Monterey Bay Aquarium Research Institute

West Coast Expedition
July 20 - August 30, 2002
West Coast of North America

August 19, 2002: Day #31

A nearly transparent sea cucumber (known as a holothurian to marine biologists)

Will Wilcock writes: As a geophysicist who spends most of my time in front of a computer in Seattle analyzing seismic data and modeling hydrothermal circulation, I was excited and a little nervous about my first opportunity to be the chief science observer on a Tiburon dive to the seafloor. It would be my first opportunity to plan and control a dive.

Our goal for today was very ambitious—we needed to find regions with at least 1 m of sediment cover to deploy broadband seismometers on both the east and west sides of the ridge crest. The broadband seismometers will be a critical part of the Keck experiment since they will allow us to listen to the low-pitched tremor and rumblings that we expect to come from the ridge volcano when magma and hydrothermal fluids move through the crust. They are very sophisticated instruments that are so sensitive to motion that they must be buried beneath the seafloor out of the reach of ocean currents.

Sediments tend to accumulate in the deeps so over time a heavily sedimented area will become flat. Prior to the cruise we had looked carefully at bathymetric maps searching for the flattest spots. Unfortunately for us, large volumes of very fluid magma can also form flat areas known as sheet flows and the data we had available were inadequate to distinguish between these two alternatives.

Figure 1. Lobate pillow flows form the linear ridges observed on the high-resolution bathymetric maps. These flow down hill and frequently obscure older faults and fissures.

On the first dive (Dive 465) we descended just to the east of the axial volcanic high to the edge of a region in which seafloor depths vary by only about 10 m in 2 km. We landed in a region of pillow basalts (Figure 1) and headed east hoping to run into a thick carapace of sediments. We were disappointed to find a sheet flows covered by only about 10-20 cm of sediment. We descended into numerous collapse structures (Figure 2) hoping to find thicker sediment but our sediment probe never penetrated more than a meter. We had no choice but to head east stopping only occasionally to inspect the biology (Figure 3). Finally after about 3 km we encountered a small fault with freshly cut pillow lavas and after ascending this to the top of a small ridge we found the sediment we had hoped to find 5 hours earlier (Figure 4).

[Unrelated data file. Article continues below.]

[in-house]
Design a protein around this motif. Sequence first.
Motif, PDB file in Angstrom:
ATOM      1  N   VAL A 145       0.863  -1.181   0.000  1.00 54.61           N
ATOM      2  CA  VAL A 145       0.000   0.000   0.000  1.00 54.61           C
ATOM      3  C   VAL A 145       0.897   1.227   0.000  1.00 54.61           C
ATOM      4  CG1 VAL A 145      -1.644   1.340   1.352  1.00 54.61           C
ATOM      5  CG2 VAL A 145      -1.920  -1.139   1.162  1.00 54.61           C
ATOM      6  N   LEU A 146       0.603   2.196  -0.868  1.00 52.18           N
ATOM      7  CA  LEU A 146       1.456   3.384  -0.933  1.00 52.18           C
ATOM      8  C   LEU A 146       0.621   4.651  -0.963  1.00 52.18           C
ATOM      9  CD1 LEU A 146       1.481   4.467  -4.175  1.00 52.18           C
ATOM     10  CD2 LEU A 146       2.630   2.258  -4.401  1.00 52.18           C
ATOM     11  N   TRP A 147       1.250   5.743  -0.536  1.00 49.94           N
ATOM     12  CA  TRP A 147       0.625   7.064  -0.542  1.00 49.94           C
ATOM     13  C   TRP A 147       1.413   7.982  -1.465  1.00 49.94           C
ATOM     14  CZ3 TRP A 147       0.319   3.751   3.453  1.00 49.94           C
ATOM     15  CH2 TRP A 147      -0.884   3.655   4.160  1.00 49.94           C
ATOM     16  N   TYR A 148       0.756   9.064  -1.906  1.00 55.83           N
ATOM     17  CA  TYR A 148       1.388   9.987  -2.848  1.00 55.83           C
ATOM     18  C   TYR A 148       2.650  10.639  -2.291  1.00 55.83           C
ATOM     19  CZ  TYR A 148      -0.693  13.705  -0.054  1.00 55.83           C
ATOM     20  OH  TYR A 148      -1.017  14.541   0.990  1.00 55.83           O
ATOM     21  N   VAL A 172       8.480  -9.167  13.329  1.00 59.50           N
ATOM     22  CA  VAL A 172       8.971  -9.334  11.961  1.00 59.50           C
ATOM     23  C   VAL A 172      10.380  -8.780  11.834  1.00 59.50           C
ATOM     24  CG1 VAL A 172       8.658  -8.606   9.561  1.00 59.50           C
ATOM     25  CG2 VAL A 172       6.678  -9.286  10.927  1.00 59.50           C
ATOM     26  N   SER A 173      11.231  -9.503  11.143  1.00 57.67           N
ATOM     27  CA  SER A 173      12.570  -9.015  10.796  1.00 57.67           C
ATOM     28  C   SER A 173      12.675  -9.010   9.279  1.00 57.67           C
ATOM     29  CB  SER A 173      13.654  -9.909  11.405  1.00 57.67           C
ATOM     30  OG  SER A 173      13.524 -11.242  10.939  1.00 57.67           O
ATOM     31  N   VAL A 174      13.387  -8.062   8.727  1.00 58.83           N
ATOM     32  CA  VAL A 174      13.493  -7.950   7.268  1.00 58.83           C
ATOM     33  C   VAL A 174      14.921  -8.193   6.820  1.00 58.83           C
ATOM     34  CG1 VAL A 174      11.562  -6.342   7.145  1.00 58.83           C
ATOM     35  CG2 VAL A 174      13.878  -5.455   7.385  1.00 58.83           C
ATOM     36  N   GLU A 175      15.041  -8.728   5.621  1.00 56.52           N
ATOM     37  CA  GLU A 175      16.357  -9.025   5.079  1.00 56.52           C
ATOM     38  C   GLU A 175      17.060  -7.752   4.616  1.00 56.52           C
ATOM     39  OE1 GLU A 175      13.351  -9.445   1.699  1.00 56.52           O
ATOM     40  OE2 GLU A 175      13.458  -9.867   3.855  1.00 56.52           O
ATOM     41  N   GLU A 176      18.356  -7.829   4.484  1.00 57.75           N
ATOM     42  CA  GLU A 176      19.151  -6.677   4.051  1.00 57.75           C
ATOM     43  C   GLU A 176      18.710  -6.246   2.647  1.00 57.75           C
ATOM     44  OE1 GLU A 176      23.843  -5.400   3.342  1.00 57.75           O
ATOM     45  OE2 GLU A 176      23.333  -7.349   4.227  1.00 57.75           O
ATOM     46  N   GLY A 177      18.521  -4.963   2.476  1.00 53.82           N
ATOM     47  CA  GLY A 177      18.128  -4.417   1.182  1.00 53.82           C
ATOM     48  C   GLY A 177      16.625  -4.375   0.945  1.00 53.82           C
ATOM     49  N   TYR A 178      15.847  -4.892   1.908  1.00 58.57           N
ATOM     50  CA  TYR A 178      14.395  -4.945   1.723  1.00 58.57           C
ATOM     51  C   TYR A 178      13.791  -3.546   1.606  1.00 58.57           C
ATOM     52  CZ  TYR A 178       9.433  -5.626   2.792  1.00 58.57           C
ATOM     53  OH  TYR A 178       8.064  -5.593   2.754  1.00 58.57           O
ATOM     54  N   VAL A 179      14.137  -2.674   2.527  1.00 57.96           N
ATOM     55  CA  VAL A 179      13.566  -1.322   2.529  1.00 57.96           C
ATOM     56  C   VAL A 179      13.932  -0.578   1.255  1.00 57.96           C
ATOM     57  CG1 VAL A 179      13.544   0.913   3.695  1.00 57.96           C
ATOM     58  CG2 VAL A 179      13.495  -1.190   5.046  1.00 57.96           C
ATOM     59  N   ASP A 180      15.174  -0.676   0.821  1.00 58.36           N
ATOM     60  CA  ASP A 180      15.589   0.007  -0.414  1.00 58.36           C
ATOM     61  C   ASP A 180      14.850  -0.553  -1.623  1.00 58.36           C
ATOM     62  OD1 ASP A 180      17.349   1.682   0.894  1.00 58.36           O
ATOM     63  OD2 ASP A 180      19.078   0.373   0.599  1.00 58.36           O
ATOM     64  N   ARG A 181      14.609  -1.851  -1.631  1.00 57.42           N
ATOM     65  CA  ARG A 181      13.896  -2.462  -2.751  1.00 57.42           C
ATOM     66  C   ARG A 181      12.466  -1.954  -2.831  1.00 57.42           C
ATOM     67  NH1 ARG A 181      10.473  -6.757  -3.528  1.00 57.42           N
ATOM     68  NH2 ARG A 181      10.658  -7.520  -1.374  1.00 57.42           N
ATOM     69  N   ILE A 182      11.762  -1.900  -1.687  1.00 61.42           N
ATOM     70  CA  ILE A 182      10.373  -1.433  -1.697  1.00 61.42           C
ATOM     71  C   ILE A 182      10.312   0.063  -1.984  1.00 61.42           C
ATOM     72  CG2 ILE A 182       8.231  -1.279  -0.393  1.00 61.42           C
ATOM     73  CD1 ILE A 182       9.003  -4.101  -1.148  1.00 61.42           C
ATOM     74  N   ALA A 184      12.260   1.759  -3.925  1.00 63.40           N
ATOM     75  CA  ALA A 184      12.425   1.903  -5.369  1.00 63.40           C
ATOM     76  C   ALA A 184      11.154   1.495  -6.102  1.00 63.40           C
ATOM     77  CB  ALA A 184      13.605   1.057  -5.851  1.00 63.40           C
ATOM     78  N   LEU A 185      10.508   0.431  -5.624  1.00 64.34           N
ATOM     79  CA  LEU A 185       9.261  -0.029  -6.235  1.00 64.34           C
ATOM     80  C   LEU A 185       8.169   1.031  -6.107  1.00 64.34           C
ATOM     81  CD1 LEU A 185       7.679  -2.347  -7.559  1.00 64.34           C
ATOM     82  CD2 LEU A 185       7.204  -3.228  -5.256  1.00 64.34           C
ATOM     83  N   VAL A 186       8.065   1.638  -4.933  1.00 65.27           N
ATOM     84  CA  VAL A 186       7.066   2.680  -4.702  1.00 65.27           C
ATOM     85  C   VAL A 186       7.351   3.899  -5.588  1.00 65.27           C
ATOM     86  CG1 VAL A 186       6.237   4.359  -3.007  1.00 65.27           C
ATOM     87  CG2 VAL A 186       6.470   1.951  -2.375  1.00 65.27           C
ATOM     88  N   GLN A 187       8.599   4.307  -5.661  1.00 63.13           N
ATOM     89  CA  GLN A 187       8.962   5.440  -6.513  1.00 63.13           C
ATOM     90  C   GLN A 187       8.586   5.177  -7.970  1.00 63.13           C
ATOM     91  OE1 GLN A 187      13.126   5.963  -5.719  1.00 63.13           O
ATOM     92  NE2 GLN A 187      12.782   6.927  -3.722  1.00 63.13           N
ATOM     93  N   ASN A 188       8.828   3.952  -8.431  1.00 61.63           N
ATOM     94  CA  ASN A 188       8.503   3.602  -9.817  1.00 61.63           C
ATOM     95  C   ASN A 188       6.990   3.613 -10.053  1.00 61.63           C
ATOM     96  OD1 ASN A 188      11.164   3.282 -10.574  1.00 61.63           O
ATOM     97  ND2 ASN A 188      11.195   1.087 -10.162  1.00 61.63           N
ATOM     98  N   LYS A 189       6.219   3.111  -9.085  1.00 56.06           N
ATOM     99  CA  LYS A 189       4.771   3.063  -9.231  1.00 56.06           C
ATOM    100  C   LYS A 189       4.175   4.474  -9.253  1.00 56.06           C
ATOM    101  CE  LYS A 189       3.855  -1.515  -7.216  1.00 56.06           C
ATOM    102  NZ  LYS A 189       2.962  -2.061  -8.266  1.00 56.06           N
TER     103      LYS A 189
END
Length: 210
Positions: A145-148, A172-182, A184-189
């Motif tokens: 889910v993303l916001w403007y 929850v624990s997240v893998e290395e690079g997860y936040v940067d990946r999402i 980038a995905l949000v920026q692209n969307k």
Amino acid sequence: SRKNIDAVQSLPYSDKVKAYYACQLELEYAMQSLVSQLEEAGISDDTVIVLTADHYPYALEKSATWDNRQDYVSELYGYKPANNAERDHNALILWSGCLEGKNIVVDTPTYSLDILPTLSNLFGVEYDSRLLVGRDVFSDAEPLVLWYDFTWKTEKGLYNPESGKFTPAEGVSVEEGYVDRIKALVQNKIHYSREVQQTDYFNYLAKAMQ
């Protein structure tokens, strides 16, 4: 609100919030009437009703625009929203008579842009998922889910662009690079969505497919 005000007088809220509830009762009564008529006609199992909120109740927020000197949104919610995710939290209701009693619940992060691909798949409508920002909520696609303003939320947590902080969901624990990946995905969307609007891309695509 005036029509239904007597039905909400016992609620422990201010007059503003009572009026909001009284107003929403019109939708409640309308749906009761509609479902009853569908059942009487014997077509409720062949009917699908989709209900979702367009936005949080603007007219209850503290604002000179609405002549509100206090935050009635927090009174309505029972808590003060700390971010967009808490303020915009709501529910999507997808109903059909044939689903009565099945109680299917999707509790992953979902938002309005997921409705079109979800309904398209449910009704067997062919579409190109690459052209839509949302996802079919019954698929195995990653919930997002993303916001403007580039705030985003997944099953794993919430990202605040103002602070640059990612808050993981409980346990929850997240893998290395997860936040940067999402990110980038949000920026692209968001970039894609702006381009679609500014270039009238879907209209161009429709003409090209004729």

We did not have much time for the second dive (Dive 466) and so based on our disappointing experience in the morning we decided to start well to the west of the axial volcanic high near the base of a small scarp that mirrored the fault that bounded the thick sediments on the east flank. This time we landed in brown carapace of thick mud we quickly established was thick enough for our needs. Since we want to deploy at least one broadband seismometer as close to the axial volcano as possible we started a mad dash east toward the ridge axis (if you can describe the maximum ROV on-bottom speed of 0.7 km/hr as a dash) to determine whether the thick sediments reached the axial volcanic high. We saw nothing but mud and bottom dwelling creatures until 5 minutes before the scheduled end of the dive when we went up a small mound and found a faulted pillow lavas on the other side. After probing the sediments and grabbing a basalt sample we left the seafloor happy that we had found one broadband site near the axial volcano.

Figure 4. We finally find a sediment pond deep enough for the broadband seismometers.

So what did I learn form my first visit to the seafloor? I learned that you cannot always predict the geology of the seafloor from looking at bathymetry maps made from surface ships. Had we reversed the strategy for our two dives we would have completed our objectives in half a day and would have time to do something - It seems that Murphy’s law trumped any rookie luck. We do not know the exact age of the sheet flow on the east flank but since sedimentation rates are likely to be at least 2 cm per 1000 years, we can infer that it is less than 10,000 years old and perhaps a lot less. This may seem like a long time ago but to a geologist this is very recent. If some of lava from this large eruption remained in the crust beneath the ridge axis it may still be providing the heat for the spectacular hydrothermal vent fields that so inspire our group.

Sheet flows erupt rapidly to form lava lakes. When the margins of these lakes break the still molten lava inside flows away leaving the empty outer shell and cooling ledges that delineate the levels of the lake as it cooled. This particular collapse pit reminded us a log cabin with a door and a window. The silver rod barely visible on the left is the “sediment poker” put together by the pilots to determine whether the sediment is deep enough.

Figure 3. A lava column forms within a lava lake when water flows up and cools a column of lava before the lava lake drains away. This lava column in an area with light sediment cover provides purchase for a variety of benthic creatures. The ROV manipulator is holding the sediment poker and pointing toward the column.


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